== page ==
Frank O’Hara, I Hear You

 
 
 
Subway Construction in DC
 
 
 

blooming in my head this morning while the jackhammers

kick the asphalt six feet below the windows next to my bed.
 

Construction is not symphonic when it keeps the rhythm

of an old headache blistering under your left ear, like this—
 

Why is noise so indiscriminate in its audience? Your poems look

like noise, but they sing quieter than I do, though. In the end, each line
 

is you, whispering the names you love in a plainsong litany.

I think of you, writing, and I see a slip of notepaper unfolded
 

in your clean hand; you, grit-smiling in a bleached undershirt;

you, keening at your typewriter the day Lady Day died.
 

Your poems haunt me, Frank O’Hara. They do!

Your sweet experiments in tabloid tenderness; the way you pause
 

between stanzas to lean back and talk to your friends,

all those poets, all those painters— we know who they are now.
 

But that’s you, isn’t it? You knew how to croon over a name’s

own story, while I sit here, wearing old bed sheets at my desk,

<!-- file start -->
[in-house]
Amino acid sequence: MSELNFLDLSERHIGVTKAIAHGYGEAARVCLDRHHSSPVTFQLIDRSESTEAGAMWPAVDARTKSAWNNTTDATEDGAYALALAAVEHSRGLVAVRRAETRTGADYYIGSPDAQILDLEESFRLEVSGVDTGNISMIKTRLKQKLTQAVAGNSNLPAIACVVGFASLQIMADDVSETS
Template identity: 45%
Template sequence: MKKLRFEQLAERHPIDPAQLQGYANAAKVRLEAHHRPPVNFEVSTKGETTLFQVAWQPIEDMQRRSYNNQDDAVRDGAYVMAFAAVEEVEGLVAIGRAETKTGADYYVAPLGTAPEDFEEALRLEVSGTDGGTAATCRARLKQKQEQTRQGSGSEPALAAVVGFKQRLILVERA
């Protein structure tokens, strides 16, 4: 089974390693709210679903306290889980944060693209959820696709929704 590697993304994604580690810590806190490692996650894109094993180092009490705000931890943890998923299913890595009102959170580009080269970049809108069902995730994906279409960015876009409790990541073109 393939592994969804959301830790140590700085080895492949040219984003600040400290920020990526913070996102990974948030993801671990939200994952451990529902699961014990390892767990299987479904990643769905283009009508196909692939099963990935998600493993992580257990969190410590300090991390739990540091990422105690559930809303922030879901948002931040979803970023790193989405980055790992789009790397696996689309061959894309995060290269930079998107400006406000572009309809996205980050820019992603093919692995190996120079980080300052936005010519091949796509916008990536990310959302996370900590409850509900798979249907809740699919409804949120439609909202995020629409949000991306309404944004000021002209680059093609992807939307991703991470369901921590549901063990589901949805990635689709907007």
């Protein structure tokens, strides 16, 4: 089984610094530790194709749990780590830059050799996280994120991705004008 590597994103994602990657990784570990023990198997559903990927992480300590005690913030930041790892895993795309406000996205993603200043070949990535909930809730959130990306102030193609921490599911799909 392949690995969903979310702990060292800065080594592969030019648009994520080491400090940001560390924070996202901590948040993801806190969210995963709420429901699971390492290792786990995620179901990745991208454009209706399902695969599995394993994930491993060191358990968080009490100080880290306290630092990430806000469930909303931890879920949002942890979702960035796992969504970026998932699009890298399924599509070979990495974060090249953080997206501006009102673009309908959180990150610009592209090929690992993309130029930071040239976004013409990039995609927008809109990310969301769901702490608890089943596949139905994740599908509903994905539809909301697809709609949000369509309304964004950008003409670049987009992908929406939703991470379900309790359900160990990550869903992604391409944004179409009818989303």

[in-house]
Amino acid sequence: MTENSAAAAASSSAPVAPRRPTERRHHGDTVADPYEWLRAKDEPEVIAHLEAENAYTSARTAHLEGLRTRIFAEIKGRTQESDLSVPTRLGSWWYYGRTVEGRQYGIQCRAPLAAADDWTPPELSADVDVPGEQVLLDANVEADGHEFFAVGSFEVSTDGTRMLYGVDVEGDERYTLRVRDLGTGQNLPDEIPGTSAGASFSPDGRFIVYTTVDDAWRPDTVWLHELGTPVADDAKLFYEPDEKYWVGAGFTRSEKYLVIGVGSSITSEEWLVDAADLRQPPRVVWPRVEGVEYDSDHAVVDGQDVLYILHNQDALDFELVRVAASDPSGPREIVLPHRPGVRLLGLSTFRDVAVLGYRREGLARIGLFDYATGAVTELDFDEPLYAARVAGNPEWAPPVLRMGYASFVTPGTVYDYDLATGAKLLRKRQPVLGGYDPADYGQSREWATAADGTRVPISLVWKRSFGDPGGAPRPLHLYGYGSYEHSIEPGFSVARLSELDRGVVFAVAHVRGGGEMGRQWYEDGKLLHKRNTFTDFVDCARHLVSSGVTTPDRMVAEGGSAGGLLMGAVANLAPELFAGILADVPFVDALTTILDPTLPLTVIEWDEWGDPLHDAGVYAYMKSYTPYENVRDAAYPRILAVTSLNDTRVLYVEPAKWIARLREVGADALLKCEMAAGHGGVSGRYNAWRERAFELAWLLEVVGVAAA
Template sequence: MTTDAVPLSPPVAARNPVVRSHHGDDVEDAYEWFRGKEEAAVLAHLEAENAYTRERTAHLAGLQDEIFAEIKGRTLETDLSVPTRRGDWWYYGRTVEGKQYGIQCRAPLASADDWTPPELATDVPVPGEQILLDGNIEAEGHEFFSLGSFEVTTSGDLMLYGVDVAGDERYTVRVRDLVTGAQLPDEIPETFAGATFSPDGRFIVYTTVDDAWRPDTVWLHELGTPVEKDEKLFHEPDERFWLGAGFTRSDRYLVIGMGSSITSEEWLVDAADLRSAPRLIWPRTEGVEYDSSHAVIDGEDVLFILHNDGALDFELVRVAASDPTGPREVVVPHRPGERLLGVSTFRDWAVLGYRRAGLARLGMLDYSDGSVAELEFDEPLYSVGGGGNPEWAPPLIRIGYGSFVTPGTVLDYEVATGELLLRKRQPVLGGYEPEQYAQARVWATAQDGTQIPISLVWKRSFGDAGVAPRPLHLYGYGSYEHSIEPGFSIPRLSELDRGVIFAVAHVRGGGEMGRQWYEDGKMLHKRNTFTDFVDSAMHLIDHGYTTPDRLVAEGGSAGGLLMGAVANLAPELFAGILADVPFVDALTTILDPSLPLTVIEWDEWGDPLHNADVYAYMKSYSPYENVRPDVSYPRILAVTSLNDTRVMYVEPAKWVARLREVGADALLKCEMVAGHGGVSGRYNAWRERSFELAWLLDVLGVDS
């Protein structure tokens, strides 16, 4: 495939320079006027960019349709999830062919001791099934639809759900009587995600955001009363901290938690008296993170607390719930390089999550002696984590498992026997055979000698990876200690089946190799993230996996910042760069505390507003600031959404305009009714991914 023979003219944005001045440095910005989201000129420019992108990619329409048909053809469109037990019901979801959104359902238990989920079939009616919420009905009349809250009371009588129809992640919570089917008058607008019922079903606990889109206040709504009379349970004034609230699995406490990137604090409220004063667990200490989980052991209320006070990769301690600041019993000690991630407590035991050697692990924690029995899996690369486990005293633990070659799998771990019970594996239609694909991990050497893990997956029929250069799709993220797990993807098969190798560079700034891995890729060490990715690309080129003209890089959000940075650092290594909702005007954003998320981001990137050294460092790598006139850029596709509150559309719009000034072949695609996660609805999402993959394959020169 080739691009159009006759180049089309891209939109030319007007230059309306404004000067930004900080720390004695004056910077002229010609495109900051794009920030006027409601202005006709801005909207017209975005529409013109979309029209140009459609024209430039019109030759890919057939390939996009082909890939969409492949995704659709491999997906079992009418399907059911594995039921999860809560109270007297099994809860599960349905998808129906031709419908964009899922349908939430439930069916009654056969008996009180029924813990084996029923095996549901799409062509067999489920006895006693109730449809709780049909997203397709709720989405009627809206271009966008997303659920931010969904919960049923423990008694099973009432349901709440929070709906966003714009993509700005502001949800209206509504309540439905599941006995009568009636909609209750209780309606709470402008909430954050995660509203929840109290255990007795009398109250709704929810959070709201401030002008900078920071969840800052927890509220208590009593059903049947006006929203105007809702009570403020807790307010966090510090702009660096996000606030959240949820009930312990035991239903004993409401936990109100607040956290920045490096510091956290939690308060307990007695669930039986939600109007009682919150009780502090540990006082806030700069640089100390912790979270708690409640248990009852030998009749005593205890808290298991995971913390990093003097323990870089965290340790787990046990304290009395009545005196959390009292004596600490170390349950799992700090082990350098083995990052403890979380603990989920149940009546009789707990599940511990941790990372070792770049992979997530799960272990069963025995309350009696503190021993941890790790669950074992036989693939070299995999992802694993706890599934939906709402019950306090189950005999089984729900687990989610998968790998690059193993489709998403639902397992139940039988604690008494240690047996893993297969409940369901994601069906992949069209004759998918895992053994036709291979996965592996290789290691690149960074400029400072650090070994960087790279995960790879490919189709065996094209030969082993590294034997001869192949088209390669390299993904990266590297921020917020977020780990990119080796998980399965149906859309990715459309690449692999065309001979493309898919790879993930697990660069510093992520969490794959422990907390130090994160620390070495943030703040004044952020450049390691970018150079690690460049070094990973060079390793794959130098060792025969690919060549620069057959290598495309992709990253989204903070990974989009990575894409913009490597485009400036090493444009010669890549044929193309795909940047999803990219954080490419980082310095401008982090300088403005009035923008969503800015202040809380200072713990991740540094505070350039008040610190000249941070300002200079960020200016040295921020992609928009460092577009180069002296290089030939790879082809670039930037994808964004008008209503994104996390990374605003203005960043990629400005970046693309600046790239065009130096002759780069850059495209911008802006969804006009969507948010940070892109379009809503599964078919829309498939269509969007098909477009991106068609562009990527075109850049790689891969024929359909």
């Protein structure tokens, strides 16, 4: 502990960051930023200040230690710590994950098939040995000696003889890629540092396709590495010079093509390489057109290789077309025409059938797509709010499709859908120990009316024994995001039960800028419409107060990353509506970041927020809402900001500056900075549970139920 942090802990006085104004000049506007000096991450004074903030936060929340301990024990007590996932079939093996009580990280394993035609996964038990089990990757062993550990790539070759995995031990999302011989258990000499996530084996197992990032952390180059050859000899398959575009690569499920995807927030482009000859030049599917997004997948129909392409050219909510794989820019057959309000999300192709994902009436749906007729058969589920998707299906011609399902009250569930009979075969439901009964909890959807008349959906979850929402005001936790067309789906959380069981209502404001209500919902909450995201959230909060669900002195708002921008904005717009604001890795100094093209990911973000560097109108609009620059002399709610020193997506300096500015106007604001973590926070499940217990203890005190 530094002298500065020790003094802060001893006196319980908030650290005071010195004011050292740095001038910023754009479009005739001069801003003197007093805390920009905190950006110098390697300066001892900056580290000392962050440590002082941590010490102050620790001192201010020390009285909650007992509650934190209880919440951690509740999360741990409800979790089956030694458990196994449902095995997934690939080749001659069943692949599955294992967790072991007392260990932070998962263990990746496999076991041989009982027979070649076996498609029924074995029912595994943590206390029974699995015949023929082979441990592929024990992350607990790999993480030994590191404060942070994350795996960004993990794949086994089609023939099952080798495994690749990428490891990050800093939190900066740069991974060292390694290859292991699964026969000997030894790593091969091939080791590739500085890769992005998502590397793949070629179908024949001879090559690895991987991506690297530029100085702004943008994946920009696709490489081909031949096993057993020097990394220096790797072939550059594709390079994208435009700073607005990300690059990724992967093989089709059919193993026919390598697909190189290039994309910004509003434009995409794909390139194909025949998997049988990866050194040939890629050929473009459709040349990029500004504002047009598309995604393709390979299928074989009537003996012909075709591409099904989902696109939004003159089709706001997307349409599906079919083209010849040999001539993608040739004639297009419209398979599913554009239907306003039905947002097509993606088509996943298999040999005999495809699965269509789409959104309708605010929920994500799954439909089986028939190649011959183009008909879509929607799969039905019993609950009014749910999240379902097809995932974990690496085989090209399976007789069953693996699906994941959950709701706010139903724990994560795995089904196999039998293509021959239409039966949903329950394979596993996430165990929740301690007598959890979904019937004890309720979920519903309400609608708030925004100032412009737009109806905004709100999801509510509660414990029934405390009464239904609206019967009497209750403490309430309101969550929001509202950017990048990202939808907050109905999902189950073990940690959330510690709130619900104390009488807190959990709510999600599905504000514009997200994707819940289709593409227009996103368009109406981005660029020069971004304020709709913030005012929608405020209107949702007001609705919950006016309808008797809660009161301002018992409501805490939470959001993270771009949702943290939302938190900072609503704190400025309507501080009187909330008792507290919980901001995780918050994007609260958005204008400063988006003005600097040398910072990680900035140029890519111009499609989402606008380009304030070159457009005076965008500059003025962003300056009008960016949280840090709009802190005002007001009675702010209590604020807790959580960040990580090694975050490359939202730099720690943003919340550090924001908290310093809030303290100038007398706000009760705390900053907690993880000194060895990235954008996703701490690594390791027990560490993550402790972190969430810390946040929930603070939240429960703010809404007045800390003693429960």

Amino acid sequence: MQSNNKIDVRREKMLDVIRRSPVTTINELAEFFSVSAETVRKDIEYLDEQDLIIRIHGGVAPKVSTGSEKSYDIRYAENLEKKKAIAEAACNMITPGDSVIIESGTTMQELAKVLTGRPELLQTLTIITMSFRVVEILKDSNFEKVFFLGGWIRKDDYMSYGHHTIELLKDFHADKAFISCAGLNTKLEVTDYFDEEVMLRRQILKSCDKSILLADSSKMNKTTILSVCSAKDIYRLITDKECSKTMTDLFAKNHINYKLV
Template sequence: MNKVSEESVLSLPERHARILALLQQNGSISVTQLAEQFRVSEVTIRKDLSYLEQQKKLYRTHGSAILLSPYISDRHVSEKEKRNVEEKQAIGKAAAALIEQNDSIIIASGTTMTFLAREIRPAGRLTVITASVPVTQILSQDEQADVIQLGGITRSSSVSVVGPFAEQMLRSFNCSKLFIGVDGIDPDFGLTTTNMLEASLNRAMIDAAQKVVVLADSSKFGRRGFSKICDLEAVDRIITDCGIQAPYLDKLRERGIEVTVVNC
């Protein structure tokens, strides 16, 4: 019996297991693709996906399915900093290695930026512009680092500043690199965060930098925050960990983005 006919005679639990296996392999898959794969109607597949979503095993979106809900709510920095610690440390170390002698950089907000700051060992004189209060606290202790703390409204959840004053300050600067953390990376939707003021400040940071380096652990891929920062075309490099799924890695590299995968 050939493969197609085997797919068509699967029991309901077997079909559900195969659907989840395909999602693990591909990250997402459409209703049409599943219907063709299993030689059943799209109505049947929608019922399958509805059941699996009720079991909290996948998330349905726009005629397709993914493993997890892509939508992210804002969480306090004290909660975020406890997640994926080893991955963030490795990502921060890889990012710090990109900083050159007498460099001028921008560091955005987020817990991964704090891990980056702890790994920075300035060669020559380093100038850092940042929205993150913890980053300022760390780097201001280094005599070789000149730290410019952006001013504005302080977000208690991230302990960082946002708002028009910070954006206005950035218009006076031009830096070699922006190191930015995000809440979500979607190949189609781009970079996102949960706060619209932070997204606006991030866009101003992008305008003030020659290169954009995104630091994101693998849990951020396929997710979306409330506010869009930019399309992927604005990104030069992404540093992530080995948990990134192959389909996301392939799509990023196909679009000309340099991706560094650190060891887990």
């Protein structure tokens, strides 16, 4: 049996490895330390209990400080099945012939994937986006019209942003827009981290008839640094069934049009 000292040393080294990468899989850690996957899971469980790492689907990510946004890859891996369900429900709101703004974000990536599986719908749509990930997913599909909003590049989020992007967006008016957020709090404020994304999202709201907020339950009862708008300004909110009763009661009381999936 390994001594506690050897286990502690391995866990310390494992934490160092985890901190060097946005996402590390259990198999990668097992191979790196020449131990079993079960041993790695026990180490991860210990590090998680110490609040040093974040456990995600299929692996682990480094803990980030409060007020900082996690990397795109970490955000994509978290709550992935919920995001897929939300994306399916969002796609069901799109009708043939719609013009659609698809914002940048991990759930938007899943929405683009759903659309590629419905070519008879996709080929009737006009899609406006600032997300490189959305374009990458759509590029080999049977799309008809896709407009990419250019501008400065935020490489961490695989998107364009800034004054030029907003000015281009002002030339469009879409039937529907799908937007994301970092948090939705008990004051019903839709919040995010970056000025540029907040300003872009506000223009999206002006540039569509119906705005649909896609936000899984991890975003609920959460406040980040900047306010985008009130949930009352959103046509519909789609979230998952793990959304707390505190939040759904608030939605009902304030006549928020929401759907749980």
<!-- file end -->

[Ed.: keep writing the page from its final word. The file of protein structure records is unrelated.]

fingers slapping the keyboard, kvetching about jackhammers,

carping at the road dust that will coat my words when this poem
 

is over.

 
 
 

This poem is a response to Frank O’Hara’s Personal Poem.

 
 
 

About Courtenay Bluebird (Bluebird Blvd.)

Courtenay Bluebird is the creator of Bluebird Blvd. and The Bluebird B-Side. She is a published writer, career journalist, and professional photographer who likes books and sweets. She laughs loudly and sincerely both in public and in private.
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One Comment

  1. Hello lovely lady. There is an aspect of O’Hara to your own writing. No, your style is distinctly and wonderfully your own, but many things you mention in your poem are reflective of his mentality. Similar perhaps to your approach on life? As always love your written word! :) xx

Hey there, cupcake! How are ya?

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